Happiness is…

…acquiring a pair of vintage dining chairs that are almost exactly what you’ve been coveting without having to pay shipping costs beyond the price of a cab ride home.

I’ve been looking for a mid-century dining table, preferably a gate leg or other drop leaf table, and chairs to go along with it for a while now. On a whim, I decided to spend today hitting the various vintage shops in Chelsea. If I had the luxury of a car, I wouldn’t be beholden to the overpriced sources in Manhattan, but such is life. I hit a few of the bigger shops along West 17th Street with no luck, then decided that rather than going to Container Store for new underbed bins and having to lug them around all day, I should take my chances up on 24th Street, where Olde Good Things and the weekend flea market in the parking garage across the street are located.

Olde Good Things is always good for a laugh at their prices, but sometimes you never know what you’ll find. And I certainly didn’t find these there. But I got to ogle a lot of very nice furniture and salvaged stuff that always makes me wistful that these things don’t get to stay in their original locations.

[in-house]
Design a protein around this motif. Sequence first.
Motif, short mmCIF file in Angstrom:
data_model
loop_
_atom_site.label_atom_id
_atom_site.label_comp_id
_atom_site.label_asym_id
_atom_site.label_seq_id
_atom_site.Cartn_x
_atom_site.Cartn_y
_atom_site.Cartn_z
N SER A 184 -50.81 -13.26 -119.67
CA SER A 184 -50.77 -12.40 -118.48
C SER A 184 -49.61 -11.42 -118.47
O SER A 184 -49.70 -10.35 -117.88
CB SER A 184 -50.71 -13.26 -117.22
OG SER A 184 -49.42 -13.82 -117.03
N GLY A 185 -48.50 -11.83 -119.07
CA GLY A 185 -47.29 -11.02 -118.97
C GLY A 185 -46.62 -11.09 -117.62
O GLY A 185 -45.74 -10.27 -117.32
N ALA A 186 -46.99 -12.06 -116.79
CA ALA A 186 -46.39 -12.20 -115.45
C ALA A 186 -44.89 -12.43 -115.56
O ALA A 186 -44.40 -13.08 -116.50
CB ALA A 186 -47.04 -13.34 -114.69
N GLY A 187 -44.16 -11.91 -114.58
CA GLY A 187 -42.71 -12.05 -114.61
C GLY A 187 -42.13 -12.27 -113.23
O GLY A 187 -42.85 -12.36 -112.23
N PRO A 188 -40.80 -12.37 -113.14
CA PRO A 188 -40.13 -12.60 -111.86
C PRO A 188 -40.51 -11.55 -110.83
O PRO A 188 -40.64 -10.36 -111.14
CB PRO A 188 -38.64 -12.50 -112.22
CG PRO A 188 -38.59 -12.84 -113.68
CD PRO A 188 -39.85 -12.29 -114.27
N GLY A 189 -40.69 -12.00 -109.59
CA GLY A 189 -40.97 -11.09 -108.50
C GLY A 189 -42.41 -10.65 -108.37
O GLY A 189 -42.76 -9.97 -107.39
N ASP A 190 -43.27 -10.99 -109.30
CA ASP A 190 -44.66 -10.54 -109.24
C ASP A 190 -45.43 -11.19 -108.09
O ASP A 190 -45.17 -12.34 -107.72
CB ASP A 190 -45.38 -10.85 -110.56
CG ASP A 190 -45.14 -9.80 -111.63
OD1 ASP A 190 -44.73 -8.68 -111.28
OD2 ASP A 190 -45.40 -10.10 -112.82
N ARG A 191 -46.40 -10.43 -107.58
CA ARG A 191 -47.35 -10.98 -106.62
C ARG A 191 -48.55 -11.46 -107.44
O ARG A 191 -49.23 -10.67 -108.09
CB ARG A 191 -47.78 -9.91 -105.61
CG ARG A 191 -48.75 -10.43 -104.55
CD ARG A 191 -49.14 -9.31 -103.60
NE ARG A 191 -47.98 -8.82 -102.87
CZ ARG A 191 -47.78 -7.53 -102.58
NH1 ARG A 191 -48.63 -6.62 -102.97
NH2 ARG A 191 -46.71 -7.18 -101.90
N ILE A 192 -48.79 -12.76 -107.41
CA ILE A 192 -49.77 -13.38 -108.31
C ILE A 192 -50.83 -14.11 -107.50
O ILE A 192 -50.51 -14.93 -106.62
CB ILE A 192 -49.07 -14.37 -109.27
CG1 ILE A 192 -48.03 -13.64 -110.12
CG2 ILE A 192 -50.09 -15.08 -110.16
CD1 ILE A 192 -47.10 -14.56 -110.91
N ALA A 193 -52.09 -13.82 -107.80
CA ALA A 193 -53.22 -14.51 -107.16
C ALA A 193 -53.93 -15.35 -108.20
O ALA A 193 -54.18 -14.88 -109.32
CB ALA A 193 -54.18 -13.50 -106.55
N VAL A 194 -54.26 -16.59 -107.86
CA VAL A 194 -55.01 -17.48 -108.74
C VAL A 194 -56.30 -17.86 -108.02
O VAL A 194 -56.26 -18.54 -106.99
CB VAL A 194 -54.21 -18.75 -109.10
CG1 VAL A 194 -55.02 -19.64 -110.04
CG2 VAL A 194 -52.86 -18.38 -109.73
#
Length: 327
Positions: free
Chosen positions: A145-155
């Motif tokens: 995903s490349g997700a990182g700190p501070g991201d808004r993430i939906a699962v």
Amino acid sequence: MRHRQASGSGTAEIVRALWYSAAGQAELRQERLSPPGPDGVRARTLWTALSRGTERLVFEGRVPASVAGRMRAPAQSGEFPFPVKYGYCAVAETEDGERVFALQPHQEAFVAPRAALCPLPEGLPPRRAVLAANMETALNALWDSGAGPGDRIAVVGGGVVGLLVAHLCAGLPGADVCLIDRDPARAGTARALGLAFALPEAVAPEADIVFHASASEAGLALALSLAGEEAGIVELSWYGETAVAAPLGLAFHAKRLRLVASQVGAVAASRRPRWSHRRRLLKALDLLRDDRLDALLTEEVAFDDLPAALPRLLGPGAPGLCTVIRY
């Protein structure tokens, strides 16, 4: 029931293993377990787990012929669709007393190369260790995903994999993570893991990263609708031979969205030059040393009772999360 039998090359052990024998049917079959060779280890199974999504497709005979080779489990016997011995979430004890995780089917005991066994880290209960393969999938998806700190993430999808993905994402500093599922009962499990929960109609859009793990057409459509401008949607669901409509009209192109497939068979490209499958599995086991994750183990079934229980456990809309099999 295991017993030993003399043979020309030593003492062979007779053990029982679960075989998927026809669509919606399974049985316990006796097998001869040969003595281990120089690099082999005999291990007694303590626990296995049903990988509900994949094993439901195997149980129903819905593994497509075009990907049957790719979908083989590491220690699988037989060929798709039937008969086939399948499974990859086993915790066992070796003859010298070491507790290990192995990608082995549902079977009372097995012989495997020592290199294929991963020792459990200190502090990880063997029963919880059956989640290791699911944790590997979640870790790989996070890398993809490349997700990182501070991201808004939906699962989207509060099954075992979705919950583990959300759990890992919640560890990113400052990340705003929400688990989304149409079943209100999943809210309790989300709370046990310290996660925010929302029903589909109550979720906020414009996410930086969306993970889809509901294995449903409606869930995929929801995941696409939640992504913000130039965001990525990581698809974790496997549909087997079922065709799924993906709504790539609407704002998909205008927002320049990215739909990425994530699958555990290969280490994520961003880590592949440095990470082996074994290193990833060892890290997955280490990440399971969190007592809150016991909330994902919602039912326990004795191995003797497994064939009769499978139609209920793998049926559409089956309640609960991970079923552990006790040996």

I wasn’t very optimistic about the flea market, it tends to be primarily lots of ugly paintings and costume jewelery and of course on the weekend of the Mad Men premiere, it’s typically going to be overrun with people looking for vintage outfits. I happened upon this one store in the back corner of the second level after I’d pretty much given up hope of finding anything decent. I’d seen chairs in varying conditions at other vendors (including one pretty beat up Hans Olsen triangle chair), but these were pretty immaculate . There’s a small tear in the vinyl on one seat, and the joinery on the other chair is a bit loose, but they’re both stable with minimal wear and tear. Basically, just what I’ve been looking for and at a reasonable price.

I’ll see what I can do about repairing the tear in the vinyl, but I’ll probably make removable seatcovers to keep them in good shape.


Day 2: And so it continues

New day, new realtor.

Apartment 4: 1 bedroom, 5th floor walkup. Nice sized rooms including a nice sized kitchen, but not much to write home about. Sloping floors. No laundry in bldg. 1 block from subway.

Apartment 4

Apartment 5: 1 bedroom, 4th floor walkup. Smaller rooms, living room and kitchen are one space. Almost set up like a railroad apartment. Laundry in building.

Apartment 5

Apartment 6: 1 bedroom, 4th floor walkup. Large living room. Good sized bedroom. 3 large closets and a nice bathroom. Kitchen has original cabinets, but under renovation. West-facing windows in bedroom and living room both with park view. Back of building so nice and quiet.

Apartment 6